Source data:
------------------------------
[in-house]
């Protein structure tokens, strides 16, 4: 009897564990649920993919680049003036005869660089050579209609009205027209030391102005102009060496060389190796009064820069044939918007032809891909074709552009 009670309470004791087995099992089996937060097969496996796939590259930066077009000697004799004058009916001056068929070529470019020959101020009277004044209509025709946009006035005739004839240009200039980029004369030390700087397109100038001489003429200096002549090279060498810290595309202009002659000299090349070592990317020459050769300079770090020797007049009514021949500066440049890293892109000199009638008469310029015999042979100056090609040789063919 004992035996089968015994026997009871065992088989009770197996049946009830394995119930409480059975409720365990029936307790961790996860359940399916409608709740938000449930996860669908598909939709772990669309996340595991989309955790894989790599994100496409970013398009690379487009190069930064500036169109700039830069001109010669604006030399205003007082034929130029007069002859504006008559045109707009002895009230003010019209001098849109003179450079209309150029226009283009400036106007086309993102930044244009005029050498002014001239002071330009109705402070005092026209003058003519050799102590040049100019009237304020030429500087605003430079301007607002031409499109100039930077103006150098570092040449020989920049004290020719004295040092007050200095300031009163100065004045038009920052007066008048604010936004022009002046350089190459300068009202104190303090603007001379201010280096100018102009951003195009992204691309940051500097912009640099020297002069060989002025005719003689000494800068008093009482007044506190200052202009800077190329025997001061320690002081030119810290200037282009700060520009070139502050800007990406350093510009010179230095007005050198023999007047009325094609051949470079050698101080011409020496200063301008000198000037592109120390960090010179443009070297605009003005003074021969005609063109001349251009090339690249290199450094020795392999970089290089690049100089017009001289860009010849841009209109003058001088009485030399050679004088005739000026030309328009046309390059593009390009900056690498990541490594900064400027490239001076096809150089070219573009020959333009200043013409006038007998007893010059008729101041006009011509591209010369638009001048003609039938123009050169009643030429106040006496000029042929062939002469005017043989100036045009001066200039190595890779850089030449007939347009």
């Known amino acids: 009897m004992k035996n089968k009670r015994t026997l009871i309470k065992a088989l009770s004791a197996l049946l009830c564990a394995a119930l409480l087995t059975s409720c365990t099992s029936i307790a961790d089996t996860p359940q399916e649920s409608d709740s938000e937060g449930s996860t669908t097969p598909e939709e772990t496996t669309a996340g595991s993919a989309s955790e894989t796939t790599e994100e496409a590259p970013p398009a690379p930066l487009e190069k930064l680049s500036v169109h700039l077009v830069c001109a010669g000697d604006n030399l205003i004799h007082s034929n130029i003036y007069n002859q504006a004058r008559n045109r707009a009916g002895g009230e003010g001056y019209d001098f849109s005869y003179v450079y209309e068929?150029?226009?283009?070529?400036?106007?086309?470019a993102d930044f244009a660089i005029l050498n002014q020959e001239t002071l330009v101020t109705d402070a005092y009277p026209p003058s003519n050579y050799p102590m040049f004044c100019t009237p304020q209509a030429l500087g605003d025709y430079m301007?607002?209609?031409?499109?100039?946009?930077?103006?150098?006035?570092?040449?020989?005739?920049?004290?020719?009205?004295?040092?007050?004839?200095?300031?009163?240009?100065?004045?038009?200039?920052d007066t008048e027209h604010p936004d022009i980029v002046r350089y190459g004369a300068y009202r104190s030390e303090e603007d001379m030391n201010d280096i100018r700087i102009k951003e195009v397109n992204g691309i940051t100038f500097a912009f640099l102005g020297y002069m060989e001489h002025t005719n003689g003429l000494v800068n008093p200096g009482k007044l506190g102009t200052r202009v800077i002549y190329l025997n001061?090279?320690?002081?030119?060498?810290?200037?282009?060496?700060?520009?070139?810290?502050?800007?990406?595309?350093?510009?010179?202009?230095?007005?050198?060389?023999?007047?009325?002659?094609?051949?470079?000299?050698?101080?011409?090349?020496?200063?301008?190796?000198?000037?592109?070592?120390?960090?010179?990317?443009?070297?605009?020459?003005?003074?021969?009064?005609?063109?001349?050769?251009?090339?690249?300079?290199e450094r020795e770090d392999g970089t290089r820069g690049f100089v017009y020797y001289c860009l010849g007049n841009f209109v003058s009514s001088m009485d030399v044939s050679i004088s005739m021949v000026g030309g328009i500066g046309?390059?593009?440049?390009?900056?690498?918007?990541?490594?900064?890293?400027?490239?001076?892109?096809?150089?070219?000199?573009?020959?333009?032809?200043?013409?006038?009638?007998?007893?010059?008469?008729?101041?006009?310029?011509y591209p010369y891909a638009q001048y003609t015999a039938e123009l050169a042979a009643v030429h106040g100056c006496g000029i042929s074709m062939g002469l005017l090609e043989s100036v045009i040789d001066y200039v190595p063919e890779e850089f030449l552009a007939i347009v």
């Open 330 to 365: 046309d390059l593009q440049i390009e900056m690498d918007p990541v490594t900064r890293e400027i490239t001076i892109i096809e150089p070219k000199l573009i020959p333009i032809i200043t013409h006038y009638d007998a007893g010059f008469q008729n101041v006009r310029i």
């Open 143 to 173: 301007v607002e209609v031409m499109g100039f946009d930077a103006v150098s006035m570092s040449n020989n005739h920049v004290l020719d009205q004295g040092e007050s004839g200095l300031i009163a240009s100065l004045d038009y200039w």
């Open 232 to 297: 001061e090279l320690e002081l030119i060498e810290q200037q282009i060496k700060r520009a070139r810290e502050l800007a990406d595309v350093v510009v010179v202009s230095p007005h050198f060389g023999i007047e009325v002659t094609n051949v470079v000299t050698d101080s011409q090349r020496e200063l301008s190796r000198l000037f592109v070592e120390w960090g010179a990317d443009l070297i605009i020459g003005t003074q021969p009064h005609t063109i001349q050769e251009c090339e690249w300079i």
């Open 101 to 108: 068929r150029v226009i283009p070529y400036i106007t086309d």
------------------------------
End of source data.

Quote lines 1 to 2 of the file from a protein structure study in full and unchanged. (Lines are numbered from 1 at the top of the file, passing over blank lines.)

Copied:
[in-house]
């Protein structure tokens, strides 16, 4: 009897564990649920993919680049003036005869660089050579209609009205027209030391102005102009060496060389190796009064820069044939918007032809891909074709552009 009670309470004791087995099992089996937060097969496996796939590259930066077009000697004799004058009916001056068929070529470019020959101020009277004044209509025709946009006035005739004839240009200039980029004369030390700087397109100038001489003429200096002549090279060498810290595309202009002659000299090349070592990317020459050769300079770090020797007049009514021949500066440049890293892109000199009638008469310029015999042979100056090609040789063919 004992035996089968015994026997009871065992088989009770197996049946009830394995119930409480059975409720365990029936307790961790996860359940399916409608709740938000449930996860669908598909939709772990669309996340595991989309955790894989790599994100496409970013398009690379487009190069930064500036169109700039830069001109010669604006030399205003007082034929130029007069002859504006008559045109707009002895009230003010019209001098849109003179450079209309150029226009283009400036106007086309993102930044244009005029050498002014001239002071330009109705402070005092026209003058003519050799102590040049100019009237304020030429500087605003430079301007607002031409499109100039930077103006150098570092040449020989920049004290020719004295040092007050200095300031009163100065004045038009920052007066008048604010936004022009002046350089190459300068009202104190303090603007001379201010280096100018102009951003195009992204691309940051500097912009640099020297002069060989002025005719003689000494800068008093009482007044506190200052202009800077190329025997001061320690002081030119810290200037282009700060520009070139502050800007990406350093510009010179230095007005050198023999007047009325094609051949470079050698101080011409020496200063301008000198000037592109120390960090010179443009070297605009003005003074021969005609063109001349251009090339690249290199450094020795392999970089290089690049100089017009001289860009010849841009209109003058001088009485030399050679004088005739000026030309328009046309390059593009390009900056690498990541490594900064400027490239001076096809150089070219573009020959333009200043013409006038007998007893010059008729101041006009011509591209010369638009001048003609039938123009050169009643030429106040006496000029042929062939002469005017043989100036045009001066200039190595890779850089030449007939347009």